From November 2010 to May 2014, Xu worked as a developer for a particular U.S. company (the Victim Company). As a developer, Xu enjoyed access to certain proprietary software (the Proprietary Software), as well as that software’s underlying source code (the Proprietary Source Code). The Proprietary Software is a clustered file system developed and marketed by the Victim Company in the United States and other countries. A clustered file system facilitates faster computer performance by coordinating work among multiple servers. The Victim Company takes significant precautions to protect the Proprietary Source Code as a trade secret. Among other things, the Proprietary Source Code is stored behind a company firewall and can be accessed only by a small subset of the Victim Company’s employees. Before receiving Proprietary Source Code access, Victim Company employees must first request and receive approval from a particular Victim Company official. Victim Company employees must also agree in writing at both the outset and the conclusion of their employment that they will maintain the confidentiality of any proprietary information. The Victim Company takes these and other precautions in part because the Proprietary Software and the Proprietary Source Code are economically valuable, which value depends in part on the Proprietary Source Code’s secrecy.

In May 2014, Xu voluntarily resigned from the Victim Company. Xu subsequently communicated with one undercover law enforcement officer (UC-1), who posed as a financial investor aiming to start a large-data storage technology company, and another undercover law enforcement officer (UC-2), who posed as a project manager, working for UC-1. In these communications, Xu discussed his past experience with the Victim Company and indicated that he had experience with the Proprietary Software and the Proprietary Source Code. On March 6, 2015, Xu sent UC-1 and UC-2 a code, which Xu stated was a sample of Xu’s prior work with the Victim Company. A Victim Company employee (Employee-1) later confirmed that the code sent by Xu included proprietary Victim Company material that related to the Proprietary Source Code.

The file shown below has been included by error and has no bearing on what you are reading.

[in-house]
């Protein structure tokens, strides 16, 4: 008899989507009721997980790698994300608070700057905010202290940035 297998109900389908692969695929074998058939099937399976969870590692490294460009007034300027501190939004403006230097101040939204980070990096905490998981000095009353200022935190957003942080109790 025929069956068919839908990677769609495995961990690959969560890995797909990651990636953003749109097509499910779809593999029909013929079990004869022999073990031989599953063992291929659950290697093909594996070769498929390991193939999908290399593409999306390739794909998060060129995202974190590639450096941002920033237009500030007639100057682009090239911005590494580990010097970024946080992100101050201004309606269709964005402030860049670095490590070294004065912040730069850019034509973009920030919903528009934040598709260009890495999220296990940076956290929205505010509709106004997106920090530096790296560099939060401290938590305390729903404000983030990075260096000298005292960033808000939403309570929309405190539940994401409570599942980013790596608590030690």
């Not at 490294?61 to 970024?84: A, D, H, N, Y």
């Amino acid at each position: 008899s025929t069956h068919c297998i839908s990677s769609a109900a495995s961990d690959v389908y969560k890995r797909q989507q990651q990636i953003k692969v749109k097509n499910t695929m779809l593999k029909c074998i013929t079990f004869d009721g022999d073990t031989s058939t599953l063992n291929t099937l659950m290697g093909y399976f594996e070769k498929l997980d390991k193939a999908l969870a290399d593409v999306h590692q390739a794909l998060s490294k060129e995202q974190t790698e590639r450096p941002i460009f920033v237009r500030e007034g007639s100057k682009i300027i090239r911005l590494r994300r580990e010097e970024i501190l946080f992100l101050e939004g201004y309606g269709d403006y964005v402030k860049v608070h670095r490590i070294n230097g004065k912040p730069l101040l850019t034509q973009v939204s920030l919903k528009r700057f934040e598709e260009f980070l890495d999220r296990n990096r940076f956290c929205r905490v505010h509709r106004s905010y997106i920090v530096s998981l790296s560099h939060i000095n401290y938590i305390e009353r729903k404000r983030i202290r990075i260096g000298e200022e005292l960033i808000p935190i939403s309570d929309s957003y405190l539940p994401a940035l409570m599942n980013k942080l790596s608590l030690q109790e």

Xu subsequently informed UC-2 that Xu was willing to consider providing UC-2’s company with the Proprietary Source Code as a platform for UC-2’s company to facilitate the development of its own data storage system. Xu informed UC-2 that if UC-2 set up several computers as a small network, then Xu would remotely install the Proprietary Software so that UC-1 and UC-2 could test it and confirm its functionality.

In or around early August 2015, the FBI arranged for a computer network to be set up, consistent with Xu’s specifications. Files were then remotely uploaded to the FBI-arranged computer network (the Xu Upload). Thereafter, on or about Aug. 26, 2015, Xu and UC-2 confirmed that UC-2 had received the Xu Upload. In September 2015, the FBI made the Xu Upload available to a Victim Company employee who has expertise regarding the Proprietary Software and the Proprietary Source Code (Employee-2). Based on Employee-2’s analysis of technical features of the Xu Upload, it appeared to Employee-2 that the Xu Upload contained a functioning copy of the Proprietary Software. It further appeared to Employee-2 that the Xu Upload had been built by someone with access to the Proprietary Source Code who was not working within the Victim Company or otherwise at the Victim Company’s direction.

On Dec. 7, 2015, Xu met with UC-2 at a hotel in White Plains, New York (the Hotel). Xu stated, in sum and substance, that Xu had used the Proprietary Source Code to make software to sell to customers, that Xu knew the Proprietary Source Code to be the product of decades of work on the part of the Victim Company, and that Xu had used the Proprietary Source Code to build a copy of the Proprietary Software, which Xu had uploaded and installed on the UC Network (i.e., the Xu Upload). Xu also indicated that Xu knew the copy of the Proprietary Software that Xu had installed on the UC Network contained information identifying the Proprietary Software as the Victim Company’s property, which could reveal the fact that the Proprietary Software had been built with the Proprietary Source Code without the Victim Company’s authorization. Xu told UC-2 that Xu could take steps to prevent detection of the Proprietary Software’s origins – i.e., that it had been built with stolen Proprietary Source Code – including writing computer scripts that would modify the Proprietary Source Code to conceal its origins.

Later on Dec. 7, 2015, Xu met with UC-1 and UC-2 at the Hotel. During that meeting, Xu showed UC-2 a copy of what Xu represented to be the Proprietary Source Code on Xu’s laptop. Xu noted to UC-2 a portion of the code that indicated it originated with the Victim Company as well as the date on which it had been copyrighted. Xu also stated that Xu had previously modified the Proprietary Source Code’s command interface to conceal the fact that the Proprietary Source Code originated with the Victim Company and identified multiple specific customers to whom Xu had previously provided the Proprietary Software using Xu’s stolen copy of the Proprietary Source Code.